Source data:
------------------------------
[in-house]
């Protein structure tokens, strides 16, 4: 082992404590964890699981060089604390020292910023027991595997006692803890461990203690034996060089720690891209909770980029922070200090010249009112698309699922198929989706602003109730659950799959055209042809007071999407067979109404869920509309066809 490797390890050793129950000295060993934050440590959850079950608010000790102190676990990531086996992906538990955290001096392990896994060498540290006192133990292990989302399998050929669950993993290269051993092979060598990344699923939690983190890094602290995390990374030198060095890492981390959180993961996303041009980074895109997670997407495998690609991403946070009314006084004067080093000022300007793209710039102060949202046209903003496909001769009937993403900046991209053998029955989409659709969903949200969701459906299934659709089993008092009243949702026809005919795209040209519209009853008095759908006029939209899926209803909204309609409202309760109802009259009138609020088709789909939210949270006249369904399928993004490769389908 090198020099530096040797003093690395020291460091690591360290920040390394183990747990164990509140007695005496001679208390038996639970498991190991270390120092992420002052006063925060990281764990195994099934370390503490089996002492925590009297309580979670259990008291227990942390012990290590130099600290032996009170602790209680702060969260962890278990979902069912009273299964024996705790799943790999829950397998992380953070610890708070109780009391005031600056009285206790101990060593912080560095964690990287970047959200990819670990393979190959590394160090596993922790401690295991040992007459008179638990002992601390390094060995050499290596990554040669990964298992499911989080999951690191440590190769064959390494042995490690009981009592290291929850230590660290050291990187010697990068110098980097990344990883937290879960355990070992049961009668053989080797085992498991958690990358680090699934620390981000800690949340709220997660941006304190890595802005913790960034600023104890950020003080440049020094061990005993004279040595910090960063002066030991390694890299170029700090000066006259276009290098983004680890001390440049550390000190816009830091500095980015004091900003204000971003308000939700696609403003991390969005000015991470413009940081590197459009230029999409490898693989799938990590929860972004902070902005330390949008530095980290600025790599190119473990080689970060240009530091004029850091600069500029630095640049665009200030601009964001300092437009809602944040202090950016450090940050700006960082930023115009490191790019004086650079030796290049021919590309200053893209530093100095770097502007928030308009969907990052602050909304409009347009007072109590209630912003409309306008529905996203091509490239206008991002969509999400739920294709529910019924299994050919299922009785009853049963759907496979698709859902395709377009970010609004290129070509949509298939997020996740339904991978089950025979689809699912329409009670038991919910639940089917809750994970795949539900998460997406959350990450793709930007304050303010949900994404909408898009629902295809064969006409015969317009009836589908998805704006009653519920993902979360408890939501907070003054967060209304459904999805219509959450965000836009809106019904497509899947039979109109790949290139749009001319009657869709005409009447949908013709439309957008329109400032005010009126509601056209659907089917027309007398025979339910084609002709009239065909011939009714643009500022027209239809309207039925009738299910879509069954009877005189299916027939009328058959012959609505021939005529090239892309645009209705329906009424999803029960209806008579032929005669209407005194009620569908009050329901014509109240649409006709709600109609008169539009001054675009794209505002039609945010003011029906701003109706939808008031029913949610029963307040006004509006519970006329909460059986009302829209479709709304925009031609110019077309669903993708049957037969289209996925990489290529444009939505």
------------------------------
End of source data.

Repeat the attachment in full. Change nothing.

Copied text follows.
[in-house]
């Protein structure tokens, strides 16, 4: 082992404590964890699981060089604390020292910023027991595997006692803890461990203690034996060089720690891209909770980029922070200090010249009112698309699922198929989706602003109730659950799959055209042809007071999407067979109404869920509309066809 490797390890050793129950000295060993934050440590959850079950608010000790102190676990990531086996992906538990955290001096392990896994060498540290006192133990292990989302399998050929669950993993290269051993092979060598990344699923939690983190890094602290995390990374030198060095890492981390959180993961996303041009980074895109997670997407495998690609991403946070009314006084004067080093000022300007793209710039102060949202046209903003496909001769009937993403900046991209053998029955989409659709969903949200969701459906299934659709089993008092009243949702026809005919795209040209519209009853008095759908006029939209899926209803909204309609409202309760109802009259009138609020088709789909939210949270006249369904399928993004490769389908 090198020099530096040797003093690395020291460091690591360290920040390394183990747990164990509140007695005496001679208390038996639970498991190991270390120092992420002052006063925060990281764990195994099934370390503490089996002492925590009297309580979670259990008291227990942390012990290590130099600290032996009170602790209680702060969260962890278990979902069912009273299964024996705790799943790999829950397998992380953070610890708070109780009391005031600056009285206790101990060593912080560095964690990287970047959200990819670990393979190959590394160090596993922790401690295991040992007459008179638990002992601390390094060995050499290596990554040669990964298992499911989080999951690191440590190769064959390494042995490690009981009592290291929850230590660290050291990187010697990068110098980097990344990883937290879960355990070992049961009668053989080797085992498991958690990358680090699934620390981000800690949340709220997660941006304190890595802005913790960034600023104890950020003080440049020094061990005993004279040595910090960063002066030991390694890299170029700090000066006259276009290098983004680890001390440049550390000190816009830091500095980015004091900003204000971003308000939700696609403003991390969005000015991470413009940081590197459009230029999409490898693989799938990590929860972004902070902005330390949008530095980290600025790599190119473990080689970060240009530091004029850091600069500029630095640049665009200030601009964001300092437009809602944040202090950016450090940050700006960082930023115009490191790019004086650079030796290049021919590309200053893209530093100095770097502007928030308009969907990052602050909304409009347009007072109590209630912003409309306008529905996203091509490239206008991002969509999400739920294709529910019924299994050919299922009785009853049963759907496979698709859902395709377009970010609004290129070509949509298939997020996740339904991978089950025979689809699912329409009670038991919910639940089917809750994970795949539900998460997406959350990450793709930007304050303010949900994404909408898009629902295809064969006409015969317009009836589908998805704006009653519920993902979360408890939501907070003054967060209304459904999805219509959450965000836009809106019904497509899947039979109109790949290139749009001319009657869709005409009447949908013709439309957008329109400032005010009126509601056209659907089917027309007398025979339910084609002709009239065909011939009714643009500022027209239809309207039925009738299910879509069954009877005189299916027939009328058959012959609505021939005529090239892309645009209705329906009424999803029960209806008579032929005669209407005194009620569908009050329901014509109240649409006709709600109609008169539009001054675009794209505002039609945010003011029906701003109706939808008031029913949610029963307040006004509006519970006329909460059986009302829209479709709304925009031609110019077309669903993708049957037969289209996925990489290529444009939505």